The reliability of pulse oximetry in neonates receiving inotropic drugs because of hypotension and microcirculatory perfusion failure has not been well documented. Signal loss of the pulse oximeter in adult patients receiving dopamine infusions has been reported. To evaluate the relationship between pulse oximeter oxygen saturation (SaO2) and co-oximeter directly measured oxygen saturation, we studied 30 infants in the first 4 days of life (birth weight 620 to 4285 gm, gestational age 26 to 43 weeks) receiving dopamine (30 patients) and dobutamine (10 infants). Infants had normal blood pressures at the time of the study. To minimize motion artifact a Nellcor N-200 (Nellcor Incorporated, Hayward, Calif.) oximeter with electrocardiographic synchronization was used. We compared pulse oximeter values with simultaneous arterial samples analyzed for oxygen saturation with an IL 282 co-oximeter (Instrumentation Laboratory, Inc., Lexington, Mass.). The values were corrected for spuriously elevated carboxyhemoglobin levels and fetal hemoglobin level was quantitatively measured. The partial pressure of oxygen at 90% hemoglobin saturation for each patient was calculated. The dosage of dopamine ranged from 4 to 28 μg/kg per minute and the dosage of dobutamine varied from 4 to 24 μg/kg per minute. Over a wide range of values for mean blood pressure (23 to 66 mm Hg), partial pressure of oxygen at 90% hemoglobin saturation (43.1 to 70.2 mm Hg), and oxygen saturation (SaO2 80% to 100%), linear regression analysis revealed a close correlation between pulse oximeter SaO2 and co-oximeter SaO2 values (r = 0.83, standard error of the estimate 2.2%, p < 0.0001). Our findings indicate that pulse oximetry can be used reliably for continuous oxygen monitoring in normotensive neonates with an SaO2 of 80% to 100% who are receiving dopamine and dobutamine.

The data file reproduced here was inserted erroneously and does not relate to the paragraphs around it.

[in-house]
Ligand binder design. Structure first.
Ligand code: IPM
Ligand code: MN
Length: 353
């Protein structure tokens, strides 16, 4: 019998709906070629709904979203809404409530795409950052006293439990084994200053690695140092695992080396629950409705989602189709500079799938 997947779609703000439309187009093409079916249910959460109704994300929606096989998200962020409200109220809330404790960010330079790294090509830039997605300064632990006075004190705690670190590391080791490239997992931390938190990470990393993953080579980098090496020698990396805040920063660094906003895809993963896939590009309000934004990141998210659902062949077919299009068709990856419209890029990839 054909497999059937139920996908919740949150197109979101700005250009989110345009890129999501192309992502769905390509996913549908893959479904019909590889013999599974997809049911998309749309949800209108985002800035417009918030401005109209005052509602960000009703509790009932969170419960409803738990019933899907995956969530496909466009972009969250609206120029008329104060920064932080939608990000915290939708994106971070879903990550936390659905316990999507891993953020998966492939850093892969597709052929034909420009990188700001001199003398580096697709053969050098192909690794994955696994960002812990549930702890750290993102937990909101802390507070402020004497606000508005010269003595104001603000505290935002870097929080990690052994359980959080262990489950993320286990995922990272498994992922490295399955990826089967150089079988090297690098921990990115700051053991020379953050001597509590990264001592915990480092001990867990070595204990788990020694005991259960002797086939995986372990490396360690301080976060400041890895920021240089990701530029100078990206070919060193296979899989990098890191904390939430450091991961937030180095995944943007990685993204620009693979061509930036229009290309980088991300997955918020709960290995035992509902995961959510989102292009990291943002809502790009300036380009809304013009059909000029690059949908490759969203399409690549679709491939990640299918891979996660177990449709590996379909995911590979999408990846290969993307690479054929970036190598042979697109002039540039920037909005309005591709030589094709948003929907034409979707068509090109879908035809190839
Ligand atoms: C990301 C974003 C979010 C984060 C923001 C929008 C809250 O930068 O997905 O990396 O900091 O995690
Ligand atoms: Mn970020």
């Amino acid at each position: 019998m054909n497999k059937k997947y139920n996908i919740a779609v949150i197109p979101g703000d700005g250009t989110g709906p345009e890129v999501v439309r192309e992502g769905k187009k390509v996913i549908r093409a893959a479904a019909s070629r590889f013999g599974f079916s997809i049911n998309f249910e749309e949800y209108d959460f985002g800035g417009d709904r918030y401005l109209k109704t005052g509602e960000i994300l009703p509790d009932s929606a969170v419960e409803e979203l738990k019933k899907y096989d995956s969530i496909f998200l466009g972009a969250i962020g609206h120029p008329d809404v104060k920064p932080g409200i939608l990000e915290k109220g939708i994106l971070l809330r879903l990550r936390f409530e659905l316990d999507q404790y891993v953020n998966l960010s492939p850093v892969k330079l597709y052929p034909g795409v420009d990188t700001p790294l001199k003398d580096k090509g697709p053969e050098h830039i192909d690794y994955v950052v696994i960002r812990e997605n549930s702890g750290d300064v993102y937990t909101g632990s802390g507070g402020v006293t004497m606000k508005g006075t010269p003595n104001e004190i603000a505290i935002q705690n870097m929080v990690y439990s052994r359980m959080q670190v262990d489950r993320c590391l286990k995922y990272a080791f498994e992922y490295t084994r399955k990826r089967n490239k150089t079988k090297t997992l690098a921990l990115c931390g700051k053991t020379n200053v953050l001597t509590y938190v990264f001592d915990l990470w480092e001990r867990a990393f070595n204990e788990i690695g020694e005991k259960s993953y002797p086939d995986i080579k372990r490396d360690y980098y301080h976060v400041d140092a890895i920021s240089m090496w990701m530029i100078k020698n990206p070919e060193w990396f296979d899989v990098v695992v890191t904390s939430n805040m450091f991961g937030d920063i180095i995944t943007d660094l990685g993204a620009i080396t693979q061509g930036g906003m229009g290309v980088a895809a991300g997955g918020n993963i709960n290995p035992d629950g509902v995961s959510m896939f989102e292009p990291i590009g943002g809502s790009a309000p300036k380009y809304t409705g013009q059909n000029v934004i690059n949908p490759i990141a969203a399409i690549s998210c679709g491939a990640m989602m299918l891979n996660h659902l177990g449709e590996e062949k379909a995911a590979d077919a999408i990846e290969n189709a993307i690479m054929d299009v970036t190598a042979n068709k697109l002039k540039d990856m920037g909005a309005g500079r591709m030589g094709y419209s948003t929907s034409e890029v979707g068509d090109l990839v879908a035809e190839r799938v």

|Original language||English (US)|
|Number of pages||4|
|Journal||Journal of Perinatology|
|State||Published - Jan 1996|
ASJC Scopus subject areas
- Pediatrics, Perinatology, and Child Health
- Obstetrics and Gynecology